Webmuseum Colf & Kolf
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Onbekend, ongedateerd

Ongedateerd croguet tafereel door een onbekende schilder

Source: Barbara Wells Sarudy

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Onbekend, ongedateerd

Prince and Princess of Wales playing croquet. The Illustrated London News

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Onbekend, ongedateerd

Le Monde Elegant

Source: Barbara Wells Sarudy

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Onbekend, ongedateerd

John E Williams Residence, Irvington, NY

Source: Barbara Wells Sarudy

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Onbekend, ongedateerd

Victorian Trading Card Girl Playing Croquet Walkers Wax Soap in Sleeve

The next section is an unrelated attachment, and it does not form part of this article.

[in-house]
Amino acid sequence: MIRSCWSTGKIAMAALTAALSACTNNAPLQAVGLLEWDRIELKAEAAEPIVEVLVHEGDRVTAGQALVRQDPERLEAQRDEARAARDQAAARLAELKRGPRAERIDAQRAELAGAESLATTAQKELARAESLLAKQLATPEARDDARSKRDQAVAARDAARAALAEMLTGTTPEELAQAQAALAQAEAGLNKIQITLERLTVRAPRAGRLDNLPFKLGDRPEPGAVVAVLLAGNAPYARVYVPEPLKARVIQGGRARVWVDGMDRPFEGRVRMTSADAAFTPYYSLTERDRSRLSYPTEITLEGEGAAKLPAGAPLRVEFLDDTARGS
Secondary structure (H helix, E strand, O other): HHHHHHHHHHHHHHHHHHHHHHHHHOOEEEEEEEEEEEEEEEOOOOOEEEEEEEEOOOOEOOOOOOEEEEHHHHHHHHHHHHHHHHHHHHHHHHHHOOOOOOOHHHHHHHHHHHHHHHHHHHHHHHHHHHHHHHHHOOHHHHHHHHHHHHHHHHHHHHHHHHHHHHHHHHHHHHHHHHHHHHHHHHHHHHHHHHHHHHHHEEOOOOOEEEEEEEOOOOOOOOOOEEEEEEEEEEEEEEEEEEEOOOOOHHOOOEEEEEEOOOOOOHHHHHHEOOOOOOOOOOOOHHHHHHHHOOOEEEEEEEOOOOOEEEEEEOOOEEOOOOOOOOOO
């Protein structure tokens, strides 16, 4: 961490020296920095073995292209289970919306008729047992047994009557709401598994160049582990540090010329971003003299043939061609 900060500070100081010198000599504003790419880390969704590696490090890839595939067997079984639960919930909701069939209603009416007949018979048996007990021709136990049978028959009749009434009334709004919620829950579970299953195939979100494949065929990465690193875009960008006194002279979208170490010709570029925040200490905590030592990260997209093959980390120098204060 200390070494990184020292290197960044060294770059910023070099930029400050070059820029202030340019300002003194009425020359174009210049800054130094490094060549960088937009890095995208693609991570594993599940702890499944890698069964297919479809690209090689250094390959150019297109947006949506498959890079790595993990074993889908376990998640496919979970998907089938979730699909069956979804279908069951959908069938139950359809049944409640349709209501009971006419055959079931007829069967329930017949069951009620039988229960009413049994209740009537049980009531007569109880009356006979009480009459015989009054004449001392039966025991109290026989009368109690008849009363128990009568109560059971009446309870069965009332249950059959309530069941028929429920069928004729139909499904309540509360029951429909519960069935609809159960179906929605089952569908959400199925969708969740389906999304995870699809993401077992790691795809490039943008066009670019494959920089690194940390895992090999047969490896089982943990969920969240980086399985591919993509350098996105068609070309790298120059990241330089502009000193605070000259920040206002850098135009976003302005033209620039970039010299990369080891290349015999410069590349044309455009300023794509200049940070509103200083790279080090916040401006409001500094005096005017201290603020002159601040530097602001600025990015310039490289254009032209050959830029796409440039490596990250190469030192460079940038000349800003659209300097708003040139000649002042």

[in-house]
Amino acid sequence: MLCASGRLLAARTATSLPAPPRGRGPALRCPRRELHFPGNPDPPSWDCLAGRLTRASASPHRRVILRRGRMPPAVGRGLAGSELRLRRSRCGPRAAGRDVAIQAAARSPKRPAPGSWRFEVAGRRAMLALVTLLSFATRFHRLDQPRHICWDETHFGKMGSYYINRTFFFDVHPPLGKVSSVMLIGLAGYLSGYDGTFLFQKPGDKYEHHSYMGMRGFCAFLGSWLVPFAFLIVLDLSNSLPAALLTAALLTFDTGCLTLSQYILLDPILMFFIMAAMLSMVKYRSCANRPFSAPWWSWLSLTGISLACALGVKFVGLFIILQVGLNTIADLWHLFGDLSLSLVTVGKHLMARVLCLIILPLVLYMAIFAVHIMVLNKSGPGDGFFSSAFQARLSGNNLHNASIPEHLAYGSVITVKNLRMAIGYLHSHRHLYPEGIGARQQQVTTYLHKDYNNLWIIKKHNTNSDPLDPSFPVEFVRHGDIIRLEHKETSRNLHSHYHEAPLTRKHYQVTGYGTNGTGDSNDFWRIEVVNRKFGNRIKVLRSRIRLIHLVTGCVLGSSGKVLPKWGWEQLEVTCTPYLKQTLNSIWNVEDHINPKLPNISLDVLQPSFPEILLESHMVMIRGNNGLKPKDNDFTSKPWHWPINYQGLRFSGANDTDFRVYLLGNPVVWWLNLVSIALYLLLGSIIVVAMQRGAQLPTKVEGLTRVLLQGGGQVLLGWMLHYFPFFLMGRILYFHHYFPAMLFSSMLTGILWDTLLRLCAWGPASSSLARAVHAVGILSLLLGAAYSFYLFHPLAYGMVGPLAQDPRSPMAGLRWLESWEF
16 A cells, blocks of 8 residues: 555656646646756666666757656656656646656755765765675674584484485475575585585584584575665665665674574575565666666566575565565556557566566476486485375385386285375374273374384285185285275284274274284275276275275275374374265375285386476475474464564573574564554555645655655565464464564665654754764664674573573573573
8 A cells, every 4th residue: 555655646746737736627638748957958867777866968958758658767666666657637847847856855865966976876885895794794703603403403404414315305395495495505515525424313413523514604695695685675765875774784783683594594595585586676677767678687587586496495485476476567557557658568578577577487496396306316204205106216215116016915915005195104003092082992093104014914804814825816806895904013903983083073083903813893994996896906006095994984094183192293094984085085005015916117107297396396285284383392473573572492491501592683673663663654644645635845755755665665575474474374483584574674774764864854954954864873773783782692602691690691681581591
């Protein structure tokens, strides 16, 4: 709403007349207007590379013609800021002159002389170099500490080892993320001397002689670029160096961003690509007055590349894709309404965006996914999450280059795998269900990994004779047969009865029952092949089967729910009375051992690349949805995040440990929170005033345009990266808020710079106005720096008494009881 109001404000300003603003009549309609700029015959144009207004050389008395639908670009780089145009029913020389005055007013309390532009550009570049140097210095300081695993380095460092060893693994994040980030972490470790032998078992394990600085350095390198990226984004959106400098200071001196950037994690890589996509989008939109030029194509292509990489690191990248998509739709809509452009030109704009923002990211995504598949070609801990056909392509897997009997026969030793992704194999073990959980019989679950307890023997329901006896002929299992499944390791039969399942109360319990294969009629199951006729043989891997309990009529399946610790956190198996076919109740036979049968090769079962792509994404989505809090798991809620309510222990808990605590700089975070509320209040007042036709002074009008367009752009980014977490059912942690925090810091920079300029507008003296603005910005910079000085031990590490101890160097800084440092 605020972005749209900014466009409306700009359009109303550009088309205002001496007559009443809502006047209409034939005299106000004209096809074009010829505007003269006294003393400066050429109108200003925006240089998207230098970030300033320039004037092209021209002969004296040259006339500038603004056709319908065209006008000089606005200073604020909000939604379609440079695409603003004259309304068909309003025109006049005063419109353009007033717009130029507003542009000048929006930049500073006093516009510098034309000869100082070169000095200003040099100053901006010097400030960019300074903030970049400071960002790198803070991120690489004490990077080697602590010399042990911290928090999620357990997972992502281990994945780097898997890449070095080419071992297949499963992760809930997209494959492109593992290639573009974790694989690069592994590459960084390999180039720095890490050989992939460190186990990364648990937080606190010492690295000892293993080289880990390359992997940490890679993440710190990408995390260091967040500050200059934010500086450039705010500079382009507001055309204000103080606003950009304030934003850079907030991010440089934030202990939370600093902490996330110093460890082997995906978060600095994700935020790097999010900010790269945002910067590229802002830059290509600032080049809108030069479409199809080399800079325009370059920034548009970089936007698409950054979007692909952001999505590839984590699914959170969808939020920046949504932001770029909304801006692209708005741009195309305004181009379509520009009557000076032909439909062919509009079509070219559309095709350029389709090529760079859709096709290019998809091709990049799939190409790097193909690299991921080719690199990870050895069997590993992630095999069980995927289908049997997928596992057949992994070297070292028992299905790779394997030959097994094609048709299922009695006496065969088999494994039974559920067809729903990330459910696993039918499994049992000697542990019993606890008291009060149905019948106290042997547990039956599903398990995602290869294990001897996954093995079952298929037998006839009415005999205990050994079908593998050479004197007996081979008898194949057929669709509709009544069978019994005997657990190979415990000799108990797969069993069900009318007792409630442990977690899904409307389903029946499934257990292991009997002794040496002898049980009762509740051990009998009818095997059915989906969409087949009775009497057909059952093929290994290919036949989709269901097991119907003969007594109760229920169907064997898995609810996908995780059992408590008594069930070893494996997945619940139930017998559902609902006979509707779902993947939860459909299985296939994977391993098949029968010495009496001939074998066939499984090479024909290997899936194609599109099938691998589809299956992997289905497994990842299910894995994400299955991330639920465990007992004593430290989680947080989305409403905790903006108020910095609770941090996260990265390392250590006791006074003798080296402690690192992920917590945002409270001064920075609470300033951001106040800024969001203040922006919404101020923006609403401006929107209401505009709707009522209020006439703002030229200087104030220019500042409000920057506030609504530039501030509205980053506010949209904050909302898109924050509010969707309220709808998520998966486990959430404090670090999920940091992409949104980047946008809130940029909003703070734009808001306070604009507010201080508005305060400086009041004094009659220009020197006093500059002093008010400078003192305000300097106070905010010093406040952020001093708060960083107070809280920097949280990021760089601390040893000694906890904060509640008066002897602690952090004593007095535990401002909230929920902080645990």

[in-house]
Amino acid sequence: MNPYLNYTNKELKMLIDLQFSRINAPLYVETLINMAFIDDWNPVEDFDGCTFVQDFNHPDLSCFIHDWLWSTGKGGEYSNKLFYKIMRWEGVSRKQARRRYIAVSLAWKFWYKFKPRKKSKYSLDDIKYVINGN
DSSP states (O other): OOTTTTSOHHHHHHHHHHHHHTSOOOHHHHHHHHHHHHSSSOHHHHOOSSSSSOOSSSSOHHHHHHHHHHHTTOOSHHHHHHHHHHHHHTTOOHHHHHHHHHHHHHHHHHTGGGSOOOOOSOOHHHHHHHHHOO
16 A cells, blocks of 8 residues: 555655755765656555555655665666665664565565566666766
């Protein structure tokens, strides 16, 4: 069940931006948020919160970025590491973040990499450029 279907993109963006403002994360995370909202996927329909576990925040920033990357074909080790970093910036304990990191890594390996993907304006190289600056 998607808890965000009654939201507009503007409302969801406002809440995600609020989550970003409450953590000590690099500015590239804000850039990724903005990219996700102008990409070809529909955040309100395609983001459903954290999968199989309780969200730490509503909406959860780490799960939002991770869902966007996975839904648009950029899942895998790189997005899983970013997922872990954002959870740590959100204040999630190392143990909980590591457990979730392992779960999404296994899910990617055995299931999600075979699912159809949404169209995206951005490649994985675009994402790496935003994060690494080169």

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William Crawford Arsa

William Crawford Arsa (Scottish paintre, 1825-69). Eliza Anne Lochart (Nana), William Frederick (Bill) and John Henry Middleton playing croquet in a garden before a cornfield

Source: Barbara Wells Sarudy

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Percy W. Gibbs

Ladies playing croquet, painted by Percy W. Gibbs (English painter, active c 1895 - 1925)

Source: Barbara Wells Sarudy

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Winslow Homer

Croquet, painted by Winslow Homer (American artist, 1836 - 1910)

Source: Barbara Wells Sarudy

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Winslow Homer

Croquet Players, painted by Winslow Holmer (American artist, 1836 - 1910)

Source: Barbara Wells Sarudy

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David Johnson

Croquet on the Lawn, by David Johnson (American artist, 1827 - 1908)

Source: Barbara Wells Sarudy

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William McGregor Paxton

The Croquet Players, painted by William McGregor Paxton (American painter, 1869 - 1941)